Hometown Hero: Ilene Isaacs; A Meal for Every Table

Heaps of still-edible food are wasted each day. The community wants to buck that trend and feed its neighbors instead.

Mother always taught us to clean our plates, that starving children in other countries would never waste what food kids in the U.S. would typically toss in the trash. Little did she know that hunger could hit much closer to home. “You wouldn’t think people in Bergen County need help because it’s a relatively affluent area,” says Ilene Isaacs, executive director of Table to Table. “But the need for food continues to grow. The economy isn’t good for many people in the counties that we are serving.”

Englewood Cliffs–based Table to Table was created 17 years ago to lend a helping hand to residents struggling to find nutritious meals. Considering that 40 percent of the country’s food—meat, produce, baked goods and other perishable items—goes uneaten and gets dumped in landfills, the organization collected the fresh leftover food from donor restaurants, grocers and farmers’ markets. For years, they used a single van to deliver food to their clients, a “handful” of agencies in Bergen, Essex, Hudson and Passaic counties.

Today, they operate similarly but on a larger scale: Six refrigerated trucks transport the fresh donations—nothing boxed, nothing canned—to more than 80 agencies in the four counties. “This year, we’ll pick up enough food to make 16 million meals,” says Isaacs, who’s been a part of Table to Table for the past 15 years. “We start the day with empty trucks and end the day with empty trucks. Everything we deliver will be on a table that night.”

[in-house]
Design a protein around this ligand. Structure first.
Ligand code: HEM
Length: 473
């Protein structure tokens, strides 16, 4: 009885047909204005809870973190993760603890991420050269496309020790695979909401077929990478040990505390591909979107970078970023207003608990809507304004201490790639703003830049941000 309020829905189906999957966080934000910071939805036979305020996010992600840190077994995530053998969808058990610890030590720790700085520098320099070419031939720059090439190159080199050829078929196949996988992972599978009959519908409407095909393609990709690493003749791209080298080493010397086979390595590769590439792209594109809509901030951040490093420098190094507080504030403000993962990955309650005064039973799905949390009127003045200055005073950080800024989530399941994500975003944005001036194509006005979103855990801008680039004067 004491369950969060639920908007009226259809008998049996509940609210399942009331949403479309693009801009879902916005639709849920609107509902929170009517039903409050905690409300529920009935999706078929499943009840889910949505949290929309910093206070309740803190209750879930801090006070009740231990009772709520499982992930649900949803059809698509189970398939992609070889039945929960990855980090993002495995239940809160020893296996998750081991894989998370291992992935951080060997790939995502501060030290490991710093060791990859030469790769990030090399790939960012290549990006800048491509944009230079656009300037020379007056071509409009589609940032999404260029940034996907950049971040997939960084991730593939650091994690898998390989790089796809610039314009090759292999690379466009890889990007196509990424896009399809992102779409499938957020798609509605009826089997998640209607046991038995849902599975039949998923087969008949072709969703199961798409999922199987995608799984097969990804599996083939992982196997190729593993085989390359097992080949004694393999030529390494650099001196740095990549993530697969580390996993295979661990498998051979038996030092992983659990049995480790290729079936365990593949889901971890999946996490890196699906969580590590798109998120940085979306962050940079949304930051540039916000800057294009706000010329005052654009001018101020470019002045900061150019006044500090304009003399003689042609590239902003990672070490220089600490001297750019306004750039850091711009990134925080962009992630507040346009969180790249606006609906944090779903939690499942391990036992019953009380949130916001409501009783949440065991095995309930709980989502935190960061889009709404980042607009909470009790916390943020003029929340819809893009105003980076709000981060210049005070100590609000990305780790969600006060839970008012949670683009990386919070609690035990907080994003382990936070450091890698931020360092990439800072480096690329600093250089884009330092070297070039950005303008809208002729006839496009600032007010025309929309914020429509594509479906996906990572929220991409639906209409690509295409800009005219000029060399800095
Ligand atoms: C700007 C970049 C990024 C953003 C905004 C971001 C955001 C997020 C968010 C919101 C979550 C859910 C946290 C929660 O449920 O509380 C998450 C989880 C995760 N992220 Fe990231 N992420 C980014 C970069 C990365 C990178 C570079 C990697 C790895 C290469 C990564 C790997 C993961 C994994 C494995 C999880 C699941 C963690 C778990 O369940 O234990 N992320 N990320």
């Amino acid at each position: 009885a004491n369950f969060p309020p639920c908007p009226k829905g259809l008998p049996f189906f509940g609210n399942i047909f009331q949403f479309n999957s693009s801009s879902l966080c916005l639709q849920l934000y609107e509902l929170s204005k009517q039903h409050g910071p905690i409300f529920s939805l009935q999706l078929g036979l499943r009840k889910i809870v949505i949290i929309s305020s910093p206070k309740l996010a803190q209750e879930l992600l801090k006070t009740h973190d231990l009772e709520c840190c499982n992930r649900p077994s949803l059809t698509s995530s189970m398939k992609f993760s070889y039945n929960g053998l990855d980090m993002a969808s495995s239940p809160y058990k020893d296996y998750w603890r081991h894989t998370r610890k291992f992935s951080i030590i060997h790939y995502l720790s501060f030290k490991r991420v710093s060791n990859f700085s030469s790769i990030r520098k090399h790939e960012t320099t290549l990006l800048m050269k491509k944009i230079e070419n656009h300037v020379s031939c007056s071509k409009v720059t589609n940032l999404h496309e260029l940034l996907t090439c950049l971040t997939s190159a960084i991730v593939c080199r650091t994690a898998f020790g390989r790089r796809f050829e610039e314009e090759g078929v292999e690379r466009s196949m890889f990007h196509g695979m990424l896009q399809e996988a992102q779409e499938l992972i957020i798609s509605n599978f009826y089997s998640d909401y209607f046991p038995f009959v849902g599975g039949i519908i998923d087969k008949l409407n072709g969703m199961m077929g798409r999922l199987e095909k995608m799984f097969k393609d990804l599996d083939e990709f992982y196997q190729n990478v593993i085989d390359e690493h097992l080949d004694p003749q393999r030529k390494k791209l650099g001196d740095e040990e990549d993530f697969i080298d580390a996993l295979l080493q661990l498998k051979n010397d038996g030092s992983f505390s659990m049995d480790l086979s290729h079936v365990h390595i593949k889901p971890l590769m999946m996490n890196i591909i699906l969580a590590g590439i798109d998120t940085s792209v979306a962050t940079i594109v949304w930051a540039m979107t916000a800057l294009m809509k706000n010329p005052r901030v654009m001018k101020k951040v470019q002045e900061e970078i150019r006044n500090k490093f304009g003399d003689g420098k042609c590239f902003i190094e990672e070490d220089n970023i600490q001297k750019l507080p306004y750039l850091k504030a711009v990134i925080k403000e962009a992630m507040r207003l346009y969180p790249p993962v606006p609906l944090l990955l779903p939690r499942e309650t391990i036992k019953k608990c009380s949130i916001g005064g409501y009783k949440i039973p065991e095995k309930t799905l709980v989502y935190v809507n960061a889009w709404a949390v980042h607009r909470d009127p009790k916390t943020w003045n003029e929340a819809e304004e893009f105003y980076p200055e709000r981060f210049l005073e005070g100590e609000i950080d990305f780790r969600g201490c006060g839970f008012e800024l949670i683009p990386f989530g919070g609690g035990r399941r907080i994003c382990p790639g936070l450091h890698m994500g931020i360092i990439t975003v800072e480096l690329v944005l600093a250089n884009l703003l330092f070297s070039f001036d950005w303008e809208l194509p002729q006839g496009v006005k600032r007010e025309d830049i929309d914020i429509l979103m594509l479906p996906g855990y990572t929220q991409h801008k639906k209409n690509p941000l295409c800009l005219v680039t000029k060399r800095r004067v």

Freshness is the difference, she says, between Table to Table and other service groups and food pantries, which usually provide nonperishables and uncooked items. The food that’s “rescued” from restaurants and grocery stores at the end of the day is still perfectly edible; most just require refrigeration. So who gets these rescued meals? Recipients include organizations like Paramus-based Children’s Aid and Family Services and Bright Side Manor in Teaneck as well as food pantries in Cresskill and Hackensack and shelters for homeless and victims of domestic violence. “But everyone gets more than just the nutritional value of the food,” says Isaacs. “There’s so much more that’s attached to food. We’re delivering hope and reassurance. It’s reassuring when you can sit at a table and see your children and family eating something good.”

“It’s difficult for a person to focus on other things when the most basic needs like eating can’t be met,”she continues. “Each meal we deliver represents someone who needs help—we might know them, we might not. But they’re all our neighbors.” At other times, they’re also delivering excitement. Isaacs loves seeing the reactions of overjoyed immigrant families when they receive certain produce. “Some used it in their native countries but haven’t been able to afford and cook with the produce in the U.S. We see some extraordinary gratitude when we bring something that was so important to their upbringing,” she says. Then there is the story of a little girl who was given an orange. “It was the first time she had ever seen and held one,” Isaacs notes. “She didn’t know what to do with it, but she was so excited. We can take food for granted sometimes.”

For more information about Table to Table, visit tabletotable.org.

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